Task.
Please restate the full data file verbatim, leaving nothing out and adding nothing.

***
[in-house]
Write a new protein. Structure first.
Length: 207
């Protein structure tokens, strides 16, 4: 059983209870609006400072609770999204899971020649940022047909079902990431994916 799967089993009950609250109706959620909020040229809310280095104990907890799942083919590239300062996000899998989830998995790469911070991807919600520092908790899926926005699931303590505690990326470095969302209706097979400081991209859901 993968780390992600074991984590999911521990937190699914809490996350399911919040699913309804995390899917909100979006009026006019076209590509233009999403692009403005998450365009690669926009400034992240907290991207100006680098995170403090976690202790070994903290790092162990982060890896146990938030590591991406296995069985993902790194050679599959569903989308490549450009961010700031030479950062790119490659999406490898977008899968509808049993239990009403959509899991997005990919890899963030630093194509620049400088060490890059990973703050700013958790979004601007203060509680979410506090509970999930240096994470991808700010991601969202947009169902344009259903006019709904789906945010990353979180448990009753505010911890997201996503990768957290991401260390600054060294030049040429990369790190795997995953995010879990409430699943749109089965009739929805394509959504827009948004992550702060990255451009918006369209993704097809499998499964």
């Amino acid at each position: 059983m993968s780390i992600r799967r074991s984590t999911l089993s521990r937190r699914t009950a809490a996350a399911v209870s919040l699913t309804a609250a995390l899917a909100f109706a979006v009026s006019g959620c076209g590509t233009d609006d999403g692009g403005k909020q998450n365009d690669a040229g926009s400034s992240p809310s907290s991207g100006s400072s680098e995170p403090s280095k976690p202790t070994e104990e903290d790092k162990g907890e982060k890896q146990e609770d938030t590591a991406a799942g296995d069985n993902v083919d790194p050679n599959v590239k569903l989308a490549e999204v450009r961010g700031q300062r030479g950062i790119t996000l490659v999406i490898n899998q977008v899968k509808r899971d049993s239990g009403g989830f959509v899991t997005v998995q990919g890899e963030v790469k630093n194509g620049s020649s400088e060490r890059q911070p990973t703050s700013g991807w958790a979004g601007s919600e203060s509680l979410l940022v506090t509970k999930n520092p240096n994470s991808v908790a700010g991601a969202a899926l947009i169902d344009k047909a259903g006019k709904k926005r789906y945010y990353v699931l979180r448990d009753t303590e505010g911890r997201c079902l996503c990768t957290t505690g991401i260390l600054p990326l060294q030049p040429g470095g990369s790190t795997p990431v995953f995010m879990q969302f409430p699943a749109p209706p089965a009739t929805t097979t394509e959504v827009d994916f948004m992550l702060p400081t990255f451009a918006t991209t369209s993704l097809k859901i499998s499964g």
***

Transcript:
[in-house]
Write a new protein. Structure first.
Length: 207
């Protein structure tokens, strides 16, 4: 059983209870609006400072609770999204899971020649940022047909079902990431994916 799967089993009950609250109706959620909020040229809310280095104990907890799942083919590239300062996000899998989830998995790469911070991807919600520092908790899926926005699931303590505690990326470095969302209706097979400081991209859901 993968780390992600074991984590999911521990937190699914809490996350399911919040699913309804995390899917909100979006009026006019076209590509233009999403692009403005998450365009690669926009400034992240907290991207100006680098995170403090976690202790070994903290790092162990982060890896146990938030590591991406296995069985993902790194050679599959569903989308490549450009961010700031030479950062790119490659999406490898977008899968509808049993239990009403959509899991997005990919890899963030630093194509620049400088060490890059990973703050700013958790979004601007203060509680979410506090509970999930240096994470991808700010991601969202947009169902344009259903006019709904789906945010990353979180448990009753505010911890997201996503990768957290991401260390600054060294030049040429990369790190795997995953995010879990409430699943749109089965009739929805394509959504827009948004992550702060990255451009918006369209993704097809499998499964």
């Amino acid at each position: 059983m993968s780390i992600r799967r074991s984590t999911l089993s521990r937190r699914t009950a809490a996350a399911v209870s919040l699913t309804a609250a995390l899917a909100f109706a979006v009026s006019g959620c076209g590509t233009d609006d999403g692009g403005k909020q998450n365009d690669a040229g926009s400034s992240p809310s907290s991207g100006s400072s680098e995170p403090s280095k976690p202790t070994e104990e903290d790092k162990g907890e982060k890896q146990e609770d938030t590591a991406a799942g296995d069985n993902v083919d790194p050679n599959v590239k569903l989308a490549e999204v450009r961010g700031q300062r030479g950062i790119t996000l490659v999406i490898n899998q977008v899968k509808r899971d049993s239990g009403g989830f959509v899991t997005v998995q990919g890899e963030v790469k630093n194509g620049s020649s400088e060490r890059q911070p990973t703050s700013g991807w958790a979004g601007s919600e203060s509680l979410l940022v506090t509970k999930n520092p240096n994470s991808v908790a700010g991601a969202a899926l947009i169902d344009k047909a259903g006019k709904k926005r789906y945010y990353v699931l979180r448990d009753t303590e505010g911890r997201c079902l996503c990768t957290t505690g991401i260390l600054p990326l060294q030049p040429g470095g990369s790190t795997p990431v995953f995010m879990q969302f409430p699943a749109p209706p089965a009739t929805t097979t394509e959504v827009d994916f948004m992550l702060p400081t990255f451009a918006t991209t369209s993704l097809k859901i499998s499964g």